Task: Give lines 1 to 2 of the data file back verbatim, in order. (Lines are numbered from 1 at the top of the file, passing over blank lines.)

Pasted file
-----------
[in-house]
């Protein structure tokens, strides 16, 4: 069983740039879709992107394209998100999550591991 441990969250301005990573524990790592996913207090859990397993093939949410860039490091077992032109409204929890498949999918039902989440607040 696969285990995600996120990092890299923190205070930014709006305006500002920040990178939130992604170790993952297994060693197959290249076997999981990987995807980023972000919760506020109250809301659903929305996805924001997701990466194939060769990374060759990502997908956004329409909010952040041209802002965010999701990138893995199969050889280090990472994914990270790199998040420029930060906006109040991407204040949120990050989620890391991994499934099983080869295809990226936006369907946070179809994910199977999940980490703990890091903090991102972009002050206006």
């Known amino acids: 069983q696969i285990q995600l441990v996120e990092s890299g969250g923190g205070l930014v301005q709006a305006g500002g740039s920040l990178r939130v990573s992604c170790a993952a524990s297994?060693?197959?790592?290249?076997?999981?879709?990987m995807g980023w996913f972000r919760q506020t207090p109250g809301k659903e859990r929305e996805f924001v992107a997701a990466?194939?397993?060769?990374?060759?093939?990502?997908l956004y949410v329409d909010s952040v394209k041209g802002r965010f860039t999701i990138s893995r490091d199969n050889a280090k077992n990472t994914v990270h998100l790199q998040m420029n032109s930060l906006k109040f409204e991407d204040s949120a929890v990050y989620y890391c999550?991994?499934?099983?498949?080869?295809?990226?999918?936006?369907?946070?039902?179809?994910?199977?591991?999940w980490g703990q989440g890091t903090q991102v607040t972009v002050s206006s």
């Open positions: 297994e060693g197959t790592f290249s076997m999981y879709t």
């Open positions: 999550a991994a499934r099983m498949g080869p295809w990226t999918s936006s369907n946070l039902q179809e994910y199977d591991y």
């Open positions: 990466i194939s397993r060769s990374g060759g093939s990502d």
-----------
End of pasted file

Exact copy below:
[in-house]
């Protein structure tokens, strides 16, 4: 069983740039879709992107394209998100999550591991 441990969250301005990573524990790592996913207090859990397993093939949410860039490091077992032109409204929890498949999918039902989440607040 696969285990995600996120990092890299923190205070930014709006305006500002920040990178939130992604170790993952297994060693197959290249076997999981990987995807980023972000919760506020109250809301659903929305996805924001997701990466194939060769990374060759990502997908956004329409909010952040041209802002965010999701990138893995199969050889280090990472994914990270790199998040420029930060906006109040991407204040949120990050989620890391991994499934099983080869295809990226936006369907946070179809994910199977999940980490703990890091903090991102972009002050206006």